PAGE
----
WHEN THE TV LIGHTS START TO DIM
Inside the Montreal Forum, the anticipation was as brittle as mirror ice on a frozen pond. Montreal Canadien fans were worried because their first-place Habs had dropped three straight. Then, just over four minutes into the Feb. 10 match against the red-hot Vancouver Canucks, Canadien Gilbert Dionne slapped the puck into the net and the standing-room crowd of 16,838 erupted. That set the tone for an 8-3 blowout of the Canucks and rekindled hopes that the Canadiens may win the Stanley Cup once again--adding to the record 23 they have captured since 1916.
With such a powerful team and such rabid fans, running the Canadiens may seem as smooth a job as one of Dionne's slapshots. The team is solidly profitable. Last year, it was the key reason its owner, the Sports & Entertainment Group of Molson Cos., Canada's largest brewer, reported $7.4 million in operating profits on sales of $52 million. But Ronald L. Corey, the pin-striped president of the Canadiens for the past decade, complains that "it is getting tougher and tougher" to prosper in hockey. Salaries have soared even as the National Hockey League has become the first professional sport forced to take a cut in its U.S. national TV contract.
Corey isn't wringing his hands, though: He's taking steps to insulate the team from the vagaries of TV money by increasing revenues generated at home. And it won't be surprising if Corey's experiment is closely watched by executives in other sports. The years of steady growth in the national TV contracts of Major League Baseball and the National Football League may soon end.
Hockey has already taken its lumps. The league is receiving a mere $5.5 million from cable network SportsChannel America this year, compared with $17 million yearly under its previous three-season deal. True, the NHL does better in Canada, where its contract generates about $25 million a year. And the Canadiens, like other teams, pull in substantial revenues from local broadcasts.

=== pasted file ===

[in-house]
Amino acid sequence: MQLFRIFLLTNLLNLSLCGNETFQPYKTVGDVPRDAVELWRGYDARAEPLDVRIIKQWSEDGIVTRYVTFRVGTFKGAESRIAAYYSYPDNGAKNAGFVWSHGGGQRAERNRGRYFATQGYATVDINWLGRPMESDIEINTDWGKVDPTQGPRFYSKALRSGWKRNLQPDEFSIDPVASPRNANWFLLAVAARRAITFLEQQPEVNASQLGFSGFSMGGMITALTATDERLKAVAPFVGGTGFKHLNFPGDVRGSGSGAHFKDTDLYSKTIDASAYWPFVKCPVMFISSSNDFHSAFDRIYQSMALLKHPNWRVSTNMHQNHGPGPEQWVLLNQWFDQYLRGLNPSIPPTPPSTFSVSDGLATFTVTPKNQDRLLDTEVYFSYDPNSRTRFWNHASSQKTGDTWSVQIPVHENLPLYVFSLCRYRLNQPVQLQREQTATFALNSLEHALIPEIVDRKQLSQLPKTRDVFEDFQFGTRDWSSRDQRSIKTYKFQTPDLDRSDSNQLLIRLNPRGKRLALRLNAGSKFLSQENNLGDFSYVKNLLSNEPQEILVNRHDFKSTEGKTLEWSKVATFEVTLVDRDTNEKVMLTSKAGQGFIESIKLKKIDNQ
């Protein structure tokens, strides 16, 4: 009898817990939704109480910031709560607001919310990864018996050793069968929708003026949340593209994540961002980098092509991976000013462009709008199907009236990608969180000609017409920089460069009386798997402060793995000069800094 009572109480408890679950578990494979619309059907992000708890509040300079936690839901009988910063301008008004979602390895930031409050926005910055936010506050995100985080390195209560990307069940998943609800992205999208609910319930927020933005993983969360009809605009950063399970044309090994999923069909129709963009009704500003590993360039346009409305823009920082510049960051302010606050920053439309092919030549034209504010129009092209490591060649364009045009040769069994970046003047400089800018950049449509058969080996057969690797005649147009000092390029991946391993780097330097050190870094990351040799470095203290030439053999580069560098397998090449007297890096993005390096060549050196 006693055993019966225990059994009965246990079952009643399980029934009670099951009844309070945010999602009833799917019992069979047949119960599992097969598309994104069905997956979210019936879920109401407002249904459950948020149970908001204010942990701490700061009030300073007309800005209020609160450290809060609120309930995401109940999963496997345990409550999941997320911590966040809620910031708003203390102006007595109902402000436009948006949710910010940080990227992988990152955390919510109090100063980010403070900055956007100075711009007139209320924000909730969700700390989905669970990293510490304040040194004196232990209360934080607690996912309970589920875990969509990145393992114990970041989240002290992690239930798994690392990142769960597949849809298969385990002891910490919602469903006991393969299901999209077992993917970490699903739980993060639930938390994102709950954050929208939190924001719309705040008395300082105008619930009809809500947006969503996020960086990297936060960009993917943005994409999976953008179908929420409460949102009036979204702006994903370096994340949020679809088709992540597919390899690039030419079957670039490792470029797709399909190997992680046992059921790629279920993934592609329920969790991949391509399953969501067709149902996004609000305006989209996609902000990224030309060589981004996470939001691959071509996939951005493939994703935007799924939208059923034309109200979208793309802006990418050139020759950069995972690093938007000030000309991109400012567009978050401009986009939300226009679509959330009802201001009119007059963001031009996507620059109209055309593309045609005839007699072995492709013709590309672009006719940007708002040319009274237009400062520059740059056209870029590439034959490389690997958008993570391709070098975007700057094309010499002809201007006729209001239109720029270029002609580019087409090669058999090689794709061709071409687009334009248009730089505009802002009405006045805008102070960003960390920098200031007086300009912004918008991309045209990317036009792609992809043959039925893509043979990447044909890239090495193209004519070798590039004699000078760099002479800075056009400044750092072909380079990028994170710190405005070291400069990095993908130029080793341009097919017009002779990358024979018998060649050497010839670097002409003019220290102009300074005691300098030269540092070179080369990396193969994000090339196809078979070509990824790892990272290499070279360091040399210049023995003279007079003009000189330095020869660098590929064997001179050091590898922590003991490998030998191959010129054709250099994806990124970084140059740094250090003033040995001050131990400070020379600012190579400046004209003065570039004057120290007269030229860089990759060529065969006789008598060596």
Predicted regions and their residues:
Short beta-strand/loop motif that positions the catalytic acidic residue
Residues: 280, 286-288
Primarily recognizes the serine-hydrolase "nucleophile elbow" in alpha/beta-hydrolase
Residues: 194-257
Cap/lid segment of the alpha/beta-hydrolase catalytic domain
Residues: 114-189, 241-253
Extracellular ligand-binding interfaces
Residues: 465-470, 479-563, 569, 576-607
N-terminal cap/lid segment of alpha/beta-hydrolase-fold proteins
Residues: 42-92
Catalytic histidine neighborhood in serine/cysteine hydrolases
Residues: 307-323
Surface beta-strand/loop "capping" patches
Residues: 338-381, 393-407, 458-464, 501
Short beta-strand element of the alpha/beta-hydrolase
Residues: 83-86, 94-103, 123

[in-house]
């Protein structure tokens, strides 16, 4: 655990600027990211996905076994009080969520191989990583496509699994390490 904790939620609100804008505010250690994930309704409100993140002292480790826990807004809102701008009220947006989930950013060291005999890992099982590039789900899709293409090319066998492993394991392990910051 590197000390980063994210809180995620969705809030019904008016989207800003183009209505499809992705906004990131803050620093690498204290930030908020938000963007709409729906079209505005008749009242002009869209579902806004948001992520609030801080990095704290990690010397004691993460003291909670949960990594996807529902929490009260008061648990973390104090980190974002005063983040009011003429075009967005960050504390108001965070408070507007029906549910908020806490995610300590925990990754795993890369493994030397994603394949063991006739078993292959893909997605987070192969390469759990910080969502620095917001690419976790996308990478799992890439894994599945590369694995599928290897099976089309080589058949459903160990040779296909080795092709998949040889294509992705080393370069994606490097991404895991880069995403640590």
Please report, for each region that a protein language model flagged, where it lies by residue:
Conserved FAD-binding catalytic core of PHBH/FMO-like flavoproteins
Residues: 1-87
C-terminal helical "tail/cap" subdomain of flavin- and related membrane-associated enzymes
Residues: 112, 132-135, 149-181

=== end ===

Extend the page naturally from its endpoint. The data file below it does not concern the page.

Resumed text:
But TV is no longer Old Reliable. So the Habs are creating other mainstays. The centerpiece of their strategy is a plan to replace the Forum, which they have occupied for more than 60 years, with the largest arena in the NHL. If they get the needed government approvals, the Canadiens plan to break ground on the $128 million new Forum in 1993 and move in for the 1995-96 season.
BIG PAYOFF. The logic for the move is compelling. Ticket sales already make up almost 65% of the revenues of NHL teams, with 10% more coming from other arena sources such as concessions. Only about 25% comes from TV. A new arena may be the only way a team can meet player costs, which soared 34% this season, to an average of about $300,000 a player, and still make money.
The new, privately financed Forum promises a big payoff. Its 33% increase in capacity, to 21,500 seats, should easily add more than $5 million to annual gate receipts of about $15 million. And while the Forum's 61 cramped luxury boxes bring in about $1.3 million a year, the 126 boxes in the new Forum will net 10 times that. Despite Canada's fierce recession, the Canadiens managed to prelease all the boxes, at upto $106,000 a season, in only two months. "It will be a tremendously successful building, and maybe one of the most successful in allof sports," predicts Ron Turner, senior vice-president at Ellerbe Becket Inc., the leading U.S. architect of new arenas. (Ellerbe is not working on the Forum.)
Of course, all those rosy projections depend on fan support. That's why the Canadiens throw free practices, field a traveling softball team during the summer, and keep eight Hall of Famers on the payroll.
Still, Corey worries that there's no way "to guarantee winning year after year." So Molson has formed a joint venture with Canadian Pacific Ltd. that will one day build two huge office towers next to the new Forum. Corey calls it "a long-term guarantee." In the uncertain business of sports, even the depressed office market can look like a sure thing.THE CANADIENS' FORMULA
-- Own your own arena--and stuff it with luxury boxes
-- Build concession sales by making food outlets eater-friendly
-- Stay close to the fans by opening practices to the public--and don't charge
them for it
-- Don't disappear in the off-season--keep your players in the public eye over
-- Don't let the stars go--staff your front office with retired greats and
William C. Symonds in Montreal